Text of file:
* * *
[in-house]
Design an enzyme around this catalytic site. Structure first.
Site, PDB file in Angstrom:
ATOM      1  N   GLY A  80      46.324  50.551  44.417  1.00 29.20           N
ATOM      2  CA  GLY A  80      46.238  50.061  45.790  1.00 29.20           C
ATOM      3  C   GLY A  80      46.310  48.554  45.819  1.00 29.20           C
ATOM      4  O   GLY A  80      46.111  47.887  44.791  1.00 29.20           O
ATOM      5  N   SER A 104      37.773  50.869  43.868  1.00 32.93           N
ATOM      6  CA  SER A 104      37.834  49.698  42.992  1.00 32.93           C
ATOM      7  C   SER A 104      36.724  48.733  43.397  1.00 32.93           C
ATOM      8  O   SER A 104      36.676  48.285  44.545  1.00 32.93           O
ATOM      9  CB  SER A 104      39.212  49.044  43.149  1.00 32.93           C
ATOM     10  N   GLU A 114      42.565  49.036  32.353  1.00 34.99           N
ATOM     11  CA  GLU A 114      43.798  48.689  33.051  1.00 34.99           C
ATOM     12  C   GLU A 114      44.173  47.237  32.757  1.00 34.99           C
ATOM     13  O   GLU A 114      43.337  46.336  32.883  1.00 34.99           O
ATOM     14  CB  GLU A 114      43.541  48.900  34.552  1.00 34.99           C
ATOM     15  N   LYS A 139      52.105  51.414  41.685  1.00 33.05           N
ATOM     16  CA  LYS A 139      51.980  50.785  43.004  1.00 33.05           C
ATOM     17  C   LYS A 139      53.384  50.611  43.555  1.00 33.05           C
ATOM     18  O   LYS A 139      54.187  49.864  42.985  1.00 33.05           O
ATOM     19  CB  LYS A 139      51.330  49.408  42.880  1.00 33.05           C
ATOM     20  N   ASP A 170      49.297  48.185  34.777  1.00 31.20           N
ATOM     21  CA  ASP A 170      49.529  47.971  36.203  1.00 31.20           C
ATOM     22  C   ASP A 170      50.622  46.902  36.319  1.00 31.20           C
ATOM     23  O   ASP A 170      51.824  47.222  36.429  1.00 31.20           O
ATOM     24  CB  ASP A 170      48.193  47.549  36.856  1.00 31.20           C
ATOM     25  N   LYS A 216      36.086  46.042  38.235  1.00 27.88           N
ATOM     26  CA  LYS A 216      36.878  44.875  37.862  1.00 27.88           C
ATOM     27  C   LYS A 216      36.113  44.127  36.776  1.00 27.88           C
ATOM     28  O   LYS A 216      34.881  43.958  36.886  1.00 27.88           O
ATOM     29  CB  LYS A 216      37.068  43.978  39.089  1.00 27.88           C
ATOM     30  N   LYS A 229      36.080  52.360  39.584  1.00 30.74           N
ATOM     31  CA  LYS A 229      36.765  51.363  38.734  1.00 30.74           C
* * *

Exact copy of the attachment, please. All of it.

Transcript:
[in-house]
Design an enzyme around this catalytic site. Structure first.
Site, PDB file in Angstrom:
ATOM      1  N   GLY A  80      46.324  50.551  44.417  1.00 29.20           N
ATOM      2  CA  GLY A  80      46.238  50.061  45.790  1.00 29.20           C
ATOM      3  C   GLY A  80      46.310  48.554  45.819  1.00 29.20           C
ATOM      4  O   GLY A  80      46.111  47.887  44.791  1.00 29.20           O
ATOM      5  N   SER A 104      37.773  50.869  43.868  1.00 32.93           N
ATOM      6  CA  SER A 104      37.834  49.698  42.992  1.00 32.93           C
ATOM      7  C   SER A 104      36.724  48.733  43.397  1.00 32.93           C
ATOM      8  O   SER A 104      36.676  48.285  44.545  1.00 32.93           O
ATOM      9  CB  SER A 104      39.212  49.044  43.149  1.00 32.93           C
ATOM     10  N   GLU A 114      42.565  49.036  32.353  1.00 34.99           N
ATOM     11  CA  GLU A 114      43.798  48.689  33.051  1.00 34.99           C
ATOM     12  C   GLU A 114      44.173  47.237  32.757  1.00 34.99           C
ATOM     13  O   GLU A 114      43.337  46.336  32.883  1.00 34.99           O
ATOM     14  CB  GLU A 114      43.541  48.900  34.552  1.00 34.99           C
ATOM     15  N   LYS A 139      52.105  51.414  41.685  1.00 33.05           N
ATOM     16  CA  LYS A 139      51.980  50.785  43.004  1.00 33.05           C
ATOM     17  C   LYS A 139      53.384  50.611  43.555  1.00 33.05           C
ATOM     18  O   LYS A 139      54.187  49.864  42.985  1.00 33.05           O
ATOM     19  CB  LYS A 139      51.330  49.408  42.880  1.00 33.05           C
ATOM     20  N   ASP A 170      49.297  48.185  34.777  1.00 31.20           N
ATOM     21  CA  ASP A 170      49.529  47.971  36.203  1.00 31.20           C
ATOM     22  C   ASP A 170      50.622  46.902  36.319  1.00 31.20           C
ATOM     23  O   ASP A 170      51.824  47.222  36.429  1.00 31.20           O
ATOM     24  CB  ASP A 170      48.193  47.549  36.856  1.00 31.20           C
ATOM     25  N   LYS A 216      36.086  46.042  38.235  1.00 27.88           N
ATOM     26  CA  LYS A 216      36.878  44.875  37.862  1.00 27.88           C
ATOM     27  C   LYS A 216      36.113  44.127  36.776  1.00 27.88           C
ATOM     28  O   LYS A 216      34.881  43.958  36.886  1.00 27.88           O
ATOM     29  CB  LYS A 216      37.068  43.978  39.089  1.00 27.88           C
ATOM     30  N   LYS A 229      36.080  52.360  39.584  1.00 30.74           N
ATOM     31  CA  LYS A 229      36.765  51.363  38.734  1.00 30.74           C